Yet wildlife is showing up. It's not just elk, but songbirds, dragonflies, damselflies, bullfrogs and waterfowl.
Jennifer Franklin, a professor in the University of Tennessee's Department of Forestry, Wildlife and Fisheries, said elk damage trees and keep the landscape more open, which "is bad if you want to grow timber, but good if you are a golden-winged warbler."
"The main impact of elk is on the vegetation, although the development of soils and vegetation go hand in hand," Franklin said. "Elk could improve the soil organic matter by defecating on the site, but at the same time, some studies have found that elk grazing can increase soil compaction and reduce some soil nutrients.
"They also bring in soil microorganisms and seeds because they frequently move between the forest and reclaimed mine site. This could help to reestablish soil biota and nutrient cycling on soils that were initially void of microorganisms after reclamation."
A 2011 study by John Cox, a wildlife ecology and conservation biology professor at the University of Kentucky, suggested that elk are a keystone species that "act as habitat modifiers through grazing, trampling, wallowing, and uprooting of existing vegetation."
Sometimes that habitat modification can benefit other species, as in the case of an elk wallow becoming a small wetland used by waterfowl, said David Kalb, a biologist with Virginia's Game and Inland Fisheries department.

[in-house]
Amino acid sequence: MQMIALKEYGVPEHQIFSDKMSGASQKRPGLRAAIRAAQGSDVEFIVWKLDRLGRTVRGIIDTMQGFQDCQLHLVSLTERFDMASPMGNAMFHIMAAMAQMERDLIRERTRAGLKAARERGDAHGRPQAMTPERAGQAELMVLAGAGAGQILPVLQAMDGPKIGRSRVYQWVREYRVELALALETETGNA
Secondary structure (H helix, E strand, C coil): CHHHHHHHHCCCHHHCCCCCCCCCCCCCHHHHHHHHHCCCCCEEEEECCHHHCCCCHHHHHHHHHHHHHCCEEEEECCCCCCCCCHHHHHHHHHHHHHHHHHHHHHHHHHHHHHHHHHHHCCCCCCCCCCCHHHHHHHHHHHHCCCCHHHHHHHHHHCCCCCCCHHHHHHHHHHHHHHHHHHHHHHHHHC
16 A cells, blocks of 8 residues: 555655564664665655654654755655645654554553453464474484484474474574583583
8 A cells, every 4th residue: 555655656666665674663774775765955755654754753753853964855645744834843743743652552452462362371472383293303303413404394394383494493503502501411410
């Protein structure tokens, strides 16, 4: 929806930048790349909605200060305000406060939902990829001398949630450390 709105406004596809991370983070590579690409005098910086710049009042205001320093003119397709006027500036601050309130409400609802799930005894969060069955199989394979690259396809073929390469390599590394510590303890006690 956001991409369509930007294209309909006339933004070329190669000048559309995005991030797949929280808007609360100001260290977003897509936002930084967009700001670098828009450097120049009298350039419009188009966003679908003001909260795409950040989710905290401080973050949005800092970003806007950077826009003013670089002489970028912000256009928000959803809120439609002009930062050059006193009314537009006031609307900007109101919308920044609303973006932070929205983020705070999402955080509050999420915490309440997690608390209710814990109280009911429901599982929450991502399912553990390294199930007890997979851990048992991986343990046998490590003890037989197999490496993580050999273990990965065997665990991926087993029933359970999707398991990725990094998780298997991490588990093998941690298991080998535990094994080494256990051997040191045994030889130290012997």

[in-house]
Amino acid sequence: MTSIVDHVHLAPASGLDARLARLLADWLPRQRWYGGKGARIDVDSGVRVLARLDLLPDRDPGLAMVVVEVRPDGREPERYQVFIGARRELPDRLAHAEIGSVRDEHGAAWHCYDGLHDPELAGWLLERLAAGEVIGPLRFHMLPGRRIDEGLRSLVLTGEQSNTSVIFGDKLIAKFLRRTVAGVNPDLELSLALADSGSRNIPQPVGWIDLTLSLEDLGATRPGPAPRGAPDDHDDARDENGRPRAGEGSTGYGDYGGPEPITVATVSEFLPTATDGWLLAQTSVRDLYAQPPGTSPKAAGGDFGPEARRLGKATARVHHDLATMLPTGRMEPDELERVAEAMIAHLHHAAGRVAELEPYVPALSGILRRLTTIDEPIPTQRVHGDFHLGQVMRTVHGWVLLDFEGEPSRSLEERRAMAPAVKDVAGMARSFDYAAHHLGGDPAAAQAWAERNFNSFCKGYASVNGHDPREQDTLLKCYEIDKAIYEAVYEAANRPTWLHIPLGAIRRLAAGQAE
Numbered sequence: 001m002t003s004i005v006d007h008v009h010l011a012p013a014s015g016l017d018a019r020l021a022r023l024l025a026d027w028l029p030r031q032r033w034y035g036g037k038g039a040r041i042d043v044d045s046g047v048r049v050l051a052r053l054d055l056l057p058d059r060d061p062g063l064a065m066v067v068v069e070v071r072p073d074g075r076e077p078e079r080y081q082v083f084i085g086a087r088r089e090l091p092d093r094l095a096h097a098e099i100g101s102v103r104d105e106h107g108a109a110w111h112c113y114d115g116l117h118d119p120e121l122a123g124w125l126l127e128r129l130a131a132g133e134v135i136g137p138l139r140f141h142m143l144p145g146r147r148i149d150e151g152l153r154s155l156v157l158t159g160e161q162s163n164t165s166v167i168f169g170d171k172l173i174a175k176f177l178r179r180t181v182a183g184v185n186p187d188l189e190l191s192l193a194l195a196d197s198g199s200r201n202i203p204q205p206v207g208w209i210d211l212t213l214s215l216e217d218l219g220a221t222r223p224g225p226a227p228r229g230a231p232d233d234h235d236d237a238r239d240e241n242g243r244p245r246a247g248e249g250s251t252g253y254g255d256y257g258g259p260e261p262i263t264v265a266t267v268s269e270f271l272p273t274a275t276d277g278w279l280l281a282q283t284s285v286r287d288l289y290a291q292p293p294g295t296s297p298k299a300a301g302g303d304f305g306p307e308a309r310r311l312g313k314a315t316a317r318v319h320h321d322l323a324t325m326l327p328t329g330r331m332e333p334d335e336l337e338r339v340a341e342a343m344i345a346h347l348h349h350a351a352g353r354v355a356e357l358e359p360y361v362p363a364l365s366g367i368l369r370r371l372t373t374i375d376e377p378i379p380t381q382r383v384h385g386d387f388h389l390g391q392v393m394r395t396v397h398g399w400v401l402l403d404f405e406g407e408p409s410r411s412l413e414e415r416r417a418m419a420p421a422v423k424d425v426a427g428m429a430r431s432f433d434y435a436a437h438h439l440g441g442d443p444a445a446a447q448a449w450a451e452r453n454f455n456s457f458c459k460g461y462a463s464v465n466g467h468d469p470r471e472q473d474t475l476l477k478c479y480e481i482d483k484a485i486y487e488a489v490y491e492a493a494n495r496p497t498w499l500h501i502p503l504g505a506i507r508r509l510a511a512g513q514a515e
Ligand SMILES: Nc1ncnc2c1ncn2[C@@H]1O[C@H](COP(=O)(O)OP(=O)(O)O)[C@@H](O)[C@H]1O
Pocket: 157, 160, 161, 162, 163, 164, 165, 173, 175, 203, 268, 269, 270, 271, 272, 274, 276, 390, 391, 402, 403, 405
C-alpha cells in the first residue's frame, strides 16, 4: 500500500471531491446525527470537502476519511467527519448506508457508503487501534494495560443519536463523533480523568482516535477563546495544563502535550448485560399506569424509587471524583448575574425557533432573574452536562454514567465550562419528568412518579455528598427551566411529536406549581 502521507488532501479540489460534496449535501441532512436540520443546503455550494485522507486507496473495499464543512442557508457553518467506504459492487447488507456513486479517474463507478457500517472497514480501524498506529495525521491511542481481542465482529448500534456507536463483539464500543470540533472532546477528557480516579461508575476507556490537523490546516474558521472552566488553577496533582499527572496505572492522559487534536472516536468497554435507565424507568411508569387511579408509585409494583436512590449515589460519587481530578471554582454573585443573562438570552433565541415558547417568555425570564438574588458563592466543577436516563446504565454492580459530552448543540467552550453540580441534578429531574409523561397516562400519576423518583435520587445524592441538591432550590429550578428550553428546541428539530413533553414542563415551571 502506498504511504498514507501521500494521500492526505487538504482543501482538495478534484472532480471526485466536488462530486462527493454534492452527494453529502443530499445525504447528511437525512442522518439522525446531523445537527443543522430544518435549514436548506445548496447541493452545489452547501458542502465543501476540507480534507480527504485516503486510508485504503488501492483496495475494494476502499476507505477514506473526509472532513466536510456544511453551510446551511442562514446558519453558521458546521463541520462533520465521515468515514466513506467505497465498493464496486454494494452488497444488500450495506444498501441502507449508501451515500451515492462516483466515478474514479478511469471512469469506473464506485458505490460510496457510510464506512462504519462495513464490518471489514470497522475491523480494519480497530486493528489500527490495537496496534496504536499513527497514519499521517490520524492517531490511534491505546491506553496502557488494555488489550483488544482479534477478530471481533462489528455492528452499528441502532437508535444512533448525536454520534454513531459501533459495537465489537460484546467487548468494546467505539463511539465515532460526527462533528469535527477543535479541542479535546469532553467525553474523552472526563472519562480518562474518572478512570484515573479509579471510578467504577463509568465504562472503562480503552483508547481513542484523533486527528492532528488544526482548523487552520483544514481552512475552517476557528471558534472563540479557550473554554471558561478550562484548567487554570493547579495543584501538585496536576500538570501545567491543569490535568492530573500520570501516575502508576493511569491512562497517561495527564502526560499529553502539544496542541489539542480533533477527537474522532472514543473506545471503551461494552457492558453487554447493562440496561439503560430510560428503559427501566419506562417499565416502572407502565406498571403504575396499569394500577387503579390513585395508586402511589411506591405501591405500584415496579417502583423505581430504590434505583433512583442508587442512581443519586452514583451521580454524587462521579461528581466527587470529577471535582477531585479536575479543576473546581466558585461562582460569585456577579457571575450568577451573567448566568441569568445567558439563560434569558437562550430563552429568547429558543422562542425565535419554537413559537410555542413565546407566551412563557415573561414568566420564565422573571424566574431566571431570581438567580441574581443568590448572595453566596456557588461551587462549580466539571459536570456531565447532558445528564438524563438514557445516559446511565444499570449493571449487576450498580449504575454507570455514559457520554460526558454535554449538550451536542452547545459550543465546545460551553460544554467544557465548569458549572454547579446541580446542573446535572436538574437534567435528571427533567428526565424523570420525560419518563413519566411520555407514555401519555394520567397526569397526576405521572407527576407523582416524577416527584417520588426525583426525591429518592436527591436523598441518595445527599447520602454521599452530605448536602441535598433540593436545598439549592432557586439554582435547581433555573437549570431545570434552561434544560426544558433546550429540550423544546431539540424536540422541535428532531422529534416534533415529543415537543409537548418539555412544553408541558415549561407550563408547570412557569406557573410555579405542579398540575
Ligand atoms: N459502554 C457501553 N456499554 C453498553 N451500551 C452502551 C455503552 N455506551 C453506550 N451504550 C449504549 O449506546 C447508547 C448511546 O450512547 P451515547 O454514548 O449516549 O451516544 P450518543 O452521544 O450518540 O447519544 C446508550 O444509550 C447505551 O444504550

"Restoration into meadows creates opportunities for elk on the landscape, but also for these less common or rare birds that need that habitat to take advantage of it," Kalb said. "A whole host of amphibian species that need small vernal pools can take advantage of the small ponds and wallows that elk create."
But that activity can also disrupt local ecologies by causing erosion and transporting invasive plants.
"On the edge of surface mines, elk have created wide movement paths as they enter and exit forests during their daily activities," Cox wrote in his study. "In these areas, erosion is readily visible, where soils have been excavated by trampling hooves, particularly on steeper slopes."
Research has confirmed that elk disturb soil in areas where they are bedding, resulting in less soil moisture, less leaf litter and less vegetation. By disrupting the natural ecological succession toward hardwood forest, however, they're also creating spaces for other wildlife.
"It's a double-edged sword with elk," Cox said. "They're back doing the work they're supposed to be doing in the landscape, even though it's a denatured sort of alien landscape in some ways. These grasslands are providing habitat for grassland bird and shrub-scrub species that are declining in the U.S. Now migratory warblers are coming in. The elk help maintain that."
One reason Leon Boyd's elk cameras are important is to get the elk herd before a worldwide audience. The camera's accompanying website links to a public comment form for the state's proposed 10-year elk management plan for the herd in Dickenson, Wise and Buchanan counties. The plan includes guidelines for growing the elk population before opening it to hunting. Another reason for keeping the camera going: Livestreamers might eventually decide to come view the elk in person.